This post includes climate and environment headlines, data points, and key takeaways from recent public polls - including new polling on voters’ reactions to arguments from the two parties on climate change; the impact of climate change and the environment on battleground voters’ decisions in the upcoming midterms; an experiment in communicating about human-caused climate change using a “heat-trapping blanket” metaphor; Americans’ personal experiences with climate change; and the widening generational gap in Republicans’ environmental attitudes.

Environmental Polling Roundup - July 1st, 2022

David Gold, Environmental Polling Consortium
Research & Articles
06-30-2022

This post includes climate and environment headlines, data points, and key takeaways from recent public polls - including new polling about West Virginia vs. EPA and the EPA’s authority, a survey of climate attitudes among Facebook users across 192 countries and territories, and new state-level polling in Pennsylvania about climate change and the state’s fracking industry.

Poll: Spring 2022 Pennsylvania Climate and Energy Survey

Muhlenberg College Institute of Public Opinion & Sustainability Studies Program
Research & Articles
05-31-2022

A record-high percentage of Pennsylvanians (75%) say there is “solid evidence” of global warming; Pennsylvanians are divided on fracking and the long-term impacts of gas drilling in the state. 77% of Pennsylvanians view global warming as a “serious problem” (including 53% who rate it as “very serious”) further demonstrates a clear statewide consensus around the reality and risks of climate change. The poll also finds that Pennsylvanians are feeling cross-pressured on the issue of fracked gas, as large majorities believe both that gas drilling is important to the state’s economy (86%) and that it poses a major risk to the state’s water resources (67%). Pennsylvanians are divided on fracking in general, as 48% support and 44% oppose the extraction of gas from shale deposits in the state. State residents have similarly mixed attitudes as to whether gas drilling will provide more benefits (44%) or more problems (40%) for Pennsylvania in the future. When asked an open-ended question about the primary risks of fracking in Pennsylvania, meanwhile, residents are most likely to name water contamination (26%) and general environmental damage (14%).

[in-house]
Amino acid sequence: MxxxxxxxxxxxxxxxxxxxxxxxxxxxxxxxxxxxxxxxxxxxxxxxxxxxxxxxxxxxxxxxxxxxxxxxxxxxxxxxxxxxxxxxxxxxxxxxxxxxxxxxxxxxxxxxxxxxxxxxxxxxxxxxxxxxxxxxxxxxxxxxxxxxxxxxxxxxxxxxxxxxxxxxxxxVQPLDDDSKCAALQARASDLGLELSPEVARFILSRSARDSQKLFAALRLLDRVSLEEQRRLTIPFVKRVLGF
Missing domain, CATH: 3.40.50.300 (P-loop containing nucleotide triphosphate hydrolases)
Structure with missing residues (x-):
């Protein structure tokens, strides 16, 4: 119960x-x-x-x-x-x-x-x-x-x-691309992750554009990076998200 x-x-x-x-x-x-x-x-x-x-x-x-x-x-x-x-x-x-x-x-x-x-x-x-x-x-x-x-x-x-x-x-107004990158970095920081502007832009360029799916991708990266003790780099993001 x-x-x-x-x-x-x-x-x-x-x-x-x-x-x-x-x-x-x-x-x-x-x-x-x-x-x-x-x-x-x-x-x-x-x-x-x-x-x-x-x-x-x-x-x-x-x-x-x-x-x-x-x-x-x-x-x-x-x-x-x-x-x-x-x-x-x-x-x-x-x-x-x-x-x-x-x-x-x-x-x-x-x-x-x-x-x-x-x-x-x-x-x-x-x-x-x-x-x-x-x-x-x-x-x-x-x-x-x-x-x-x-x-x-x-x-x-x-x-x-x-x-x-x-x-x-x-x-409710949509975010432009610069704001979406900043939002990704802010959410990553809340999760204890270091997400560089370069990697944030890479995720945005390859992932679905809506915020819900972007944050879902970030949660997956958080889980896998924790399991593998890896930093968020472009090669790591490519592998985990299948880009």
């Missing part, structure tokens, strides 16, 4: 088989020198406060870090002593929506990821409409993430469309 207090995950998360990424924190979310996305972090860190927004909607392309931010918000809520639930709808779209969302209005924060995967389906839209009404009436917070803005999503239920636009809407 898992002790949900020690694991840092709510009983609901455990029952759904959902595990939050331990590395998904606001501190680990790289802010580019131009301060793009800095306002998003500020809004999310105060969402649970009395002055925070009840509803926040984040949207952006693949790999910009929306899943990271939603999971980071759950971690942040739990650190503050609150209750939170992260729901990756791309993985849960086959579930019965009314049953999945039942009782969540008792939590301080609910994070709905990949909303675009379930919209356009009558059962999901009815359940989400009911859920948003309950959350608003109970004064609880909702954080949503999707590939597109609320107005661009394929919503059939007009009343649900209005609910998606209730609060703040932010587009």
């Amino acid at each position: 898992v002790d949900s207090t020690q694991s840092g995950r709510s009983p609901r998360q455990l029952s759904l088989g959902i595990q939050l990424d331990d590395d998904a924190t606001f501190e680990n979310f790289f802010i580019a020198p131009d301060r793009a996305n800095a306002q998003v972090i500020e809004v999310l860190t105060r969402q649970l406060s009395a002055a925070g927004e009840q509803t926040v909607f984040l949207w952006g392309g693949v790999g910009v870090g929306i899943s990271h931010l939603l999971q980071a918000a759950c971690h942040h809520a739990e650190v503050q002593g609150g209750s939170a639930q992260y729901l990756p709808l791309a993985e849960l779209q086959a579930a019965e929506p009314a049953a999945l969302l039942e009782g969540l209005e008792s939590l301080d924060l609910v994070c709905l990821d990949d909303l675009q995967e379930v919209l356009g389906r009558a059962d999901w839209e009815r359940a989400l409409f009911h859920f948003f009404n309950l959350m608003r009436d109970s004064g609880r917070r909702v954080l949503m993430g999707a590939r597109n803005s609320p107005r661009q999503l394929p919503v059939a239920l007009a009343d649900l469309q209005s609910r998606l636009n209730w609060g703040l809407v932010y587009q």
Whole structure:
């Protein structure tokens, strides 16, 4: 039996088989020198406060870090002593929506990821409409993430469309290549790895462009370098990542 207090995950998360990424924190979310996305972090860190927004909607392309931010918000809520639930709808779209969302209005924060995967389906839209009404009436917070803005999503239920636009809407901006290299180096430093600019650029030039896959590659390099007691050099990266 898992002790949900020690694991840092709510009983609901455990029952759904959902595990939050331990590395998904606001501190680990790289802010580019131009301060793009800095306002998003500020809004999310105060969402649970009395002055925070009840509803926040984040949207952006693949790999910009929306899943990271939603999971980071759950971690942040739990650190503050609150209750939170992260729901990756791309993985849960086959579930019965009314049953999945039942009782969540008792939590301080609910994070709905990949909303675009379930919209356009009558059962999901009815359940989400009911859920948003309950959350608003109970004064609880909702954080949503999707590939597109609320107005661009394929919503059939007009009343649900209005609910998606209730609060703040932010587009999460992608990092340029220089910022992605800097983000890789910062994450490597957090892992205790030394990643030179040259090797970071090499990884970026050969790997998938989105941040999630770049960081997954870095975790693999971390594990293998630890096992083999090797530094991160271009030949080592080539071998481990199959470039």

Fighting Off a Petrochemical Future in the Ohio River Valley

Dharna Noor and Nicole Fabricant. Yes! Magazine
Research & Articles
04-11-2022

Help people envision more just and sustainable systems. This article looks at efforts in southwest Pennsylvania to oppose plans for gas and plastics expansion in the region. Activists share their strategies, including raising public awareness about the dangers of fracking and plastic, tracking emissions themselves, and advocating for investments in more sustainable industries.